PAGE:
One of those days when I see flock of CNGs speeding past hundreds of people who are shouting to hail one of them, I start thinking, what do those drivers drive the CNG auto-rickshaws for? I thought it was their mean of earning livelihood. I thought they needed us to hire them for our transportation needs and that’s how they would earn money. But the way city CNG drivers behave these days make me feel like it’s the other way around.
Of course, it’s the cycle of society. If you don’t have your own car and bus or other mean of transportation is not available, your next best bet is a CNG auto-rickshaw. Taxi cabs are also available but if you’re on a budget then you would try to hail a CNG. Unfortunately for us though, we can’t rely on the system. We can’t rely on the fact that if there are CNGs around, we should be able to hire them for our destination and we should be able to get there on the right fare.
Instead, we have to first rely on the mercy of the CNG driver. It doesn’t matter where it is or where we want to go, if the CNG driver isn’t in the ‘mood’ of going, they’ll not go. They’ll either rest where they are resting, or they’ll just race in traffic pretending to not hear any of the people shouting at them.
Even if you get lucky and a CNG driver decides to take you to your destination, you will have a hard time fixing a fare. Meters have gone obsolete a long time ago. Even though on some CNGs the meter apparently works, good luck getting a CNG driver to agree to take you anywhere on meter. They will take you to your destination for a fixed fare, and you can be pretty much sure that the fare they ask is never even nearly fair.
In a moment like that, whether you go with that CNG depends on how much you’re willing to pay and what is your level urgency. If it’s urgent, you’ll likely not care much for money because you need to go to your destination as early as possible. You’ll get on that CNG. And if you’re on a budget or if you don’t want to pay the unfair amount, you’ll have to let him go and wait for another CNG driver’s mercy. Who knows how long’s that going to take!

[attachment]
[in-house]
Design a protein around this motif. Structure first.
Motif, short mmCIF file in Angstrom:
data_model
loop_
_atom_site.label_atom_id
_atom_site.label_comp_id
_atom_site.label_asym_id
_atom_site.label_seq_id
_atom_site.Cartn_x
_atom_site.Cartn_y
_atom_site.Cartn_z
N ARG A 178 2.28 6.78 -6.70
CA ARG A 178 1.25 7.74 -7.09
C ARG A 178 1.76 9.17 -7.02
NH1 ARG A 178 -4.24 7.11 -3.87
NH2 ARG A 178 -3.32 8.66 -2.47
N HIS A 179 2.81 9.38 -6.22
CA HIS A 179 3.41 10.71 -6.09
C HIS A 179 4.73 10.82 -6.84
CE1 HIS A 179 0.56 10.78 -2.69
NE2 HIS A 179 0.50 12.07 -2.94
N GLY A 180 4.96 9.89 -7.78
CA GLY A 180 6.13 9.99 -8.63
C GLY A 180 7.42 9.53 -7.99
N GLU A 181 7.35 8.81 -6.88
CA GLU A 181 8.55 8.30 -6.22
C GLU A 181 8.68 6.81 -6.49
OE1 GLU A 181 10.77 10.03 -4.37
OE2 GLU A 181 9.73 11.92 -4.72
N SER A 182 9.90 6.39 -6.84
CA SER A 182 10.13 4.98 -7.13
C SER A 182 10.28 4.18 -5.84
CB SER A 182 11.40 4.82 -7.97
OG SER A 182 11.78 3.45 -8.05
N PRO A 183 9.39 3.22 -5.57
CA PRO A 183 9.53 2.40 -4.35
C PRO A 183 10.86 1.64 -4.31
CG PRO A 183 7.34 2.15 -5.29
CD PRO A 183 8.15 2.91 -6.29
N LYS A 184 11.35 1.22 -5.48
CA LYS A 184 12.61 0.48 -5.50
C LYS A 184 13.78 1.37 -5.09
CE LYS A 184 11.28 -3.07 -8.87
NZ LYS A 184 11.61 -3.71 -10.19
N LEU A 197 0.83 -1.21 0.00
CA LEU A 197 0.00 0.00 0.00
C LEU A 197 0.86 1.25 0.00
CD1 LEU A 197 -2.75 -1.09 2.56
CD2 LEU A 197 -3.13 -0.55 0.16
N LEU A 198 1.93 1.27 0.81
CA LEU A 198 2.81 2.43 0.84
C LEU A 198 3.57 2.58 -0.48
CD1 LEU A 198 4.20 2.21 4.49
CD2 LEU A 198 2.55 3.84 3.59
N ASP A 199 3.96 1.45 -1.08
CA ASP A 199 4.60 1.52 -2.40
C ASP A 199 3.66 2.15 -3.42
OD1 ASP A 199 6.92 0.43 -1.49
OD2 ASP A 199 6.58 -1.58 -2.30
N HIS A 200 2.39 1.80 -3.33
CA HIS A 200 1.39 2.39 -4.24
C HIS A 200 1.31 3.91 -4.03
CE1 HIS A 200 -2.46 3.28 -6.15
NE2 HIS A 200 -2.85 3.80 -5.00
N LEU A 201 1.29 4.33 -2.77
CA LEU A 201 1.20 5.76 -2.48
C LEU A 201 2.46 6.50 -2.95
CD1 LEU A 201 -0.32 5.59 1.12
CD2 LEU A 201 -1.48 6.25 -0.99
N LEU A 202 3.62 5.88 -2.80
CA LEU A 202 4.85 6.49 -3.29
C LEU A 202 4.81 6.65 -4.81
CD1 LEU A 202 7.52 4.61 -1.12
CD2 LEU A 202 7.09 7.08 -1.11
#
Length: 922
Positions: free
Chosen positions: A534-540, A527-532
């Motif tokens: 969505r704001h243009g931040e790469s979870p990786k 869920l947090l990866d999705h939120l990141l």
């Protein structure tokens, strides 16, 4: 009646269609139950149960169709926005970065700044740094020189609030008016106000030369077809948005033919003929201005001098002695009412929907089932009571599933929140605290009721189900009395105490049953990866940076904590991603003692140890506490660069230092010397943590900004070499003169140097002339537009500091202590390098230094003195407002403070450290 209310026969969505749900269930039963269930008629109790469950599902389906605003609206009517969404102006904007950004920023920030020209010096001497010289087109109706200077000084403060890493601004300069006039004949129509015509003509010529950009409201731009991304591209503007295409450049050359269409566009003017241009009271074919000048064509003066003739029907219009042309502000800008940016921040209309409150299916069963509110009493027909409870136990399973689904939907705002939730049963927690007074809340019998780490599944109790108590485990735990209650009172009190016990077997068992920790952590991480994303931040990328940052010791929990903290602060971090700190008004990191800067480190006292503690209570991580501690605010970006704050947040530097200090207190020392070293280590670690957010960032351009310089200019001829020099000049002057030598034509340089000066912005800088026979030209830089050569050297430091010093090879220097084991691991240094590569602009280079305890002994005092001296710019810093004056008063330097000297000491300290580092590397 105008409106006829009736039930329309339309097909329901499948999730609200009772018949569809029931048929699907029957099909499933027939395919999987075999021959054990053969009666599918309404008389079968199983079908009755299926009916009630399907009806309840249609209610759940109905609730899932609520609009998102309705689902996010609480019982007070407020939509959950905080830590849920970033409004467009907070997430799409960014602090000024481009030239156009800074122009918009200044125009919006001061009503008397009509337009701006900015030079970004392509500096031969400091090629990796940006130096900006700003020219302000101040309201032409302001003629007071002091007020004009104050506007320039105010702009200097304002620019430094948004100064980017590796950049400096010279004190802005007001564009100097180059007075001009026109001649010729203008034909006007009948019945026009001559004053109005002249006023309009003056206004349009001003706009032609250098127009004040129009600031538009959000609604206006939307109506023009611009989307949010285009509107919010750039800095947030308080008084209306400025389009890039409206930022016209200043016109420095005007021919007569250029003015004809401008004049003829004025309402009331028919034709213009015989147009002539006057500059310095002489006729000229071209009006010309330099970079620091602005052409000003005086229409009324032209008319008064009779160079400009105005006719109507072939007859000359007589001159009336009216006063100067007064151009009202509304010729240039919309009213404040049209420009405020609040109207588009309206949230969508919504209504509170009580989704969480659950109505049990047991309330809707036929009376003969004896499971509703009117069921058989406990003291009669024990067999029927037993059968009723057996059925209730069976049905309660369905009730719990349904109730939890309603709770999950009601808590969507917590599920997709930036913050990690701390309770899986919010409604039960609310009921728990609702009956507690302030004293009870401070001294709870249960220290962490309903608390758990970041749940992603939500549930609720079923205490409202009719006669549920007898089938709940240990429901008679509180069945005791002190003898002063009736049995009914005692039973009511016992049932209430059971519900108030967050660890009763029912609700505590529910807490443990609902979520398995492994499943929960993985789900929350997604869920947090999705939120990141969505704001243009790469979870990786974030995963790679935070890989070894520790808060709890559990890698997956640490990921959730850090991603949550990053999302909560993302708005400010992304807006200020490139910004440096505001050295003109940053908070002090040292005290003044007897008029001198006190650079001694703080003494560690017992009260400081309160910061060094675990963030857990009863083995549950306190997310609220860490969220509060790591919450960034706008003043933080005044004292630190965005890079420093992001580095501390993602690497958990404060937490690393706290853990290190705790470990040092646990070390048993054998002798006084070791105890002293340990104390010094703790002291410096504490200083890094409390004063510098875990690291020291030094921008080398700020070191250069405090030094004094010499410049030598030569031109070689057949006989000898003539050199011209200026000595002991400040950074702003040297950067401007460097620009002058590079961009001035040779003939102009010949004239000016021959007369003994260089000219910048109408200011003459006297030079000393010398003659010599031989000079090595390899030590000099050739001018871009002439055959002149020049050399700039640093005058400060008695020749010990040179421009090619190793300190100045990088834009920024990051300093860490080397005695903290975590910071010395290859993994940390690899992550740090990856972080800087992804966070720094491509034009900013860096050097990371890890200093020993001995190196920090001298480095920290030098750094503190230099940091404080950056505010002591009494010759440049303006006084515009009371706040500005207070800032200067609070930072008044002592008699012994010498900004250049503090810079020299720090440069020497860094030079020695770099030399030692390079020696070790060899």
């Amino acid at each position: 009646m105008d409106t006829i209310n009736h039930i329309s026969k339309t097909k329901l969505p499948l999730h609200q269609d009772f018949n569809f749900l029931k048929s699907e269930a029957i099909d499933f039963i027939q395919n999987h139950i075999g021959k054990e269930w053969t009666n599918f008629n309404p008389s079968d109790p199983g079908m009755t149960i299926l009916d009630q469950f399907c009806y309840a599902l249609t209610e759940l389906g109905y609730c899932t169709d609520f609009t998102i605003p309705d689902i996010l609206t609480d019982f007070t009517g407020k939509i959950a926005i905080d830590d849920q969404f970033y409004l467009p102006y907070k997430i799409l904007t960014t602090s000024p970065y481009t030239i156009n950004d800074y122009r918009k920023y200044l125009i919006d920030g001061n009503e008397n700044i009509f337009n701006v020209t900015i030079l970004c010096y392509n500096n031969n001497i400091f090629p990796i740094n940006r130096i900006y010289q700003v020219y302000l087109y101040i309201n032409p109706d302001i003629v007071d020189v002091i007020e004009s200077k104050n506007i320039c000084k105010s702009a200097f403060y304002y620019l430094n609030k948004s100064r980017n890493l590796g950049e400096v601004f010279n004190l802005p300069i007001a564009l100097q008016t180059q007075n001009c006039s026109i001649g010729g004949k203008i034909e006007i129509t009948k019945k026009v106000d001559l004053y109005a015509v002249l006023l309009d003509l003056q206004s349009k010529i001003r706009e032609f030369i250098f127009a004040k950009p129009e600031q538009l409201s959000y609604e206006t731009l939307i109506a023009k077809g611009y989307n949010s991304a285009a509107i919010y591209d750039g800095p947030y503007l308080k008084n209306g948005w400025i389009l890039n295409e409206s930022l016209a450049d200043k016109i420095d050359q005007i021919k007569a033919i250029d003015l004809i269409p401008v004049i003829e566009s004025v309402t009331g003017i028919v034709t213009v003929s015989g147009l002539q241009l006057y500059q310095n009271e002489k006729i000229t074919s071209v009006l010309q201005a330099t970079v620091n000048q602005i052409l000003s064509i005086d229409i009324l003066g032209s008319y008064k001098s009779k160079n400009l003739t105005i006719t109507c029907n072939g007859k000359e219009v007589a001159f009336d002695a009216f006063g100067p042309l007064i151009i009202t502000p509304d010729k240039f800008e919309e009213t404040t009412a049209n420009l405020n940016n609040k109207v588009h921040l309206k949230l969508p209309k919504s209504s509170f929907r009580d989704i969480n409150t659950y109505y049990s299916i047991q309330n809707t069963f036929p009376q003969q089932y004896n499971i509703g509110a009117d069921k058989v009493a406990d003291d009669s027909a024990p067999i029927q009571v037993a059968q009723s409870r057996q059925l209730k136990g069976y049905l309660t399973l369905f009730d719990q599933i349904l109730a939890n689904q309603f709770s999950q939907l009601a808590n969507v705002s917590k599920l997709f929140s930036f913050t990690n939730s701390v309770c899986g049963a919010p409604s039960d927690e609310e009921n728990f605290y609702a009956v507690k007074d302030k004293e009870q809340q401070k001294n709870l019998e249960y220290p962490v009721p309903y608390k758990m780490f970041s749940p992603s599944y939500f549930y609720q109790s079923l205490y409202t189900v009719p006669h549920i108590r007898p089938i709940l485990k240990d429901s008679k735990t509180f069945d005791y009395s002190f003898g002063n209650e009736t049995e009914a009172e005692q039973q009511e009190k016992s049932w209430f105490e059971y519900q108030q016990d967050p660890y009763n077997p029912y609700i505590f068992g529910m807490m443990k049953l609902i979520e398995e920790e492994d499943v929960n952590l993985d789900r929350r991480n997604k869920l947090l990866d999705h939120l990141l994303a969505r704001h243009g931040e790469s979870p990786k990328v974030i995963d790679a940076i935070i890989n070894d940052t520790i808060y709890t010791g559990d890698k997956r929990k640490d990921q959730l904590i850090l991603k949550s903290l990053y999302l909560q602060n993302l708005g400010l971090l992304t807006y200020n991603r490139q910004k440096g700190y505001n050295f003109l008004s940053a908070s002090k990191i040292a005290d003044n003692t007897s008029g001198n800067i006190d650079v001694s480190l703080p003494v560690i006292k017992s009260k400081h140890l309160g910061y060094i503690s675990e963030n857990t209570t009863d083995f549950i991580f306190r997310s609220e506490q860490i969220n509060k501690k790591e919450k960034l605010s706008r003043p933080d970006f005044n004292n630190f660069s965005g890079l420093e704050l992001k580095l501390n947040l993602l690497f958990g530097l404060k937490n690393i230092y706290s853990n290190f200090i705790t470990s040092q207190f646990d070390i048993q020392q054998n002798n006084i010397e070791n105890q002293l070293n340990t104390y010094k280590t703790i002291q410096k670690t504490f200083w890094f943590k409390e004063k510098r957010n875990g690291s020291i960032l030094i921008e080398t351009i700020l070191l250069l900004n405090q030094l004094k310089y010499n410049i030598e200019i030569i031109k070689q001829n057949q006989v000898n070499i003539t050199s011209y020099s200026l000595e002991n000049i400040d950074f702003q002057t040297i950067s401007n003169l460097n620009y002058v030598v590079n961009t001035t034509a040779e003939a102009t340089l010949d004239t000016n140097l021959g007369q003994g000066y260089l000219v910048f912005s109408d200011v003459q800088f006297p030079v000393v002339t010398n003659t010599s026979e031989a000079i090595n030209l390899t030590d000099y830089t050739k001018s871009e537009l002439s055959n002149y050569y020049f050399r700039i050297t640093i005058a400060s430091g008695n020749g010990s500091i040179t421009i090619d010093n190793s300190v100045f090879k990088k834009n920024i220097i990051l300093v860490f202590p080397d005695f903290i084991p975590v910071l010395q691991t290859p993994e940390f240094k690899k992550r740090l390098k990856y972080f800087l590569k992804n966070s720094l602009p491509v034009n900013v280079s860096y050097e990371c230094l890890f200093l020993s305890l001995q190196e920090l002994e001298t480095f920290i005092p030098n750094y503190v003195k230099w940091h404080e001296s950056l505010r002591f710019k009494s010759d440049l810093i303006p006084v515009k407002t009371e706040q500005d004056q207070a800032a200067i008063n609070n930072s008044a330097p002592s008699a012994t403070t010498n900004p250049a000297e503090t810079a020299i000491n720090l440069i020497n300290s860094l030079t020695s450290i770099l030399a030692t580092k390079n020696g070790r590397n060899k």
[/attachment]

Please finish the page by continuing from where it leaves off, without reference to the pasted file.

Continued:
Let’s just say you get lucky and you manage to get a driver have mercy on you and strike a balance between the high fare the driver asks and the fare you’re willing to pay. Next step, you’ll be asked to ‘lie’ in case a police officer stops you. The driver will tell you to tell the police officer — in case you’re asked — that you’re going on meter. What happens is you’re tricked into paying unacceptably more than the usual fare, and you’re also sort of forced to lie to the police in case they inquire.
Usually in situations like this, you’ll have no issue lying to the police because you’ll feel ‘grateful’ to the driver for letting you in as his passenger. I’ve seen this mentality in many people when they manage to get a CNG driver during rush hours or in the evening. Secondly, you wouldn’t want to tell the truth to the police because if you do, they’ll likely seize the driver and the CNG for the time being which means YOU ultimately get to go through the trouble of finding another CNG in wherever you are stopped. Even with the CNG driver’s faults, you will have to lie to the police in order to avoid further trouble for yourself.
That’s pretty much how city dwellers are with the CNG drivers. The question is, for how long? It was a bit of refreshing to see a major media outlet recently doing a detailed story on this matter but I’m not much hopeful that this will make the situation any good. Like most other cases, these things go way up the chain and no good is supposed to happen. So at the end of the day, we’ll again be waiting in traffic signals hoping that some CNG drivers will have mercy on us, and I will be looking at them thinking who indeed needs whom?
Have you experienced situations like this in Dhaka? What do you do when you can hail a CNG but the fare they ask is too high?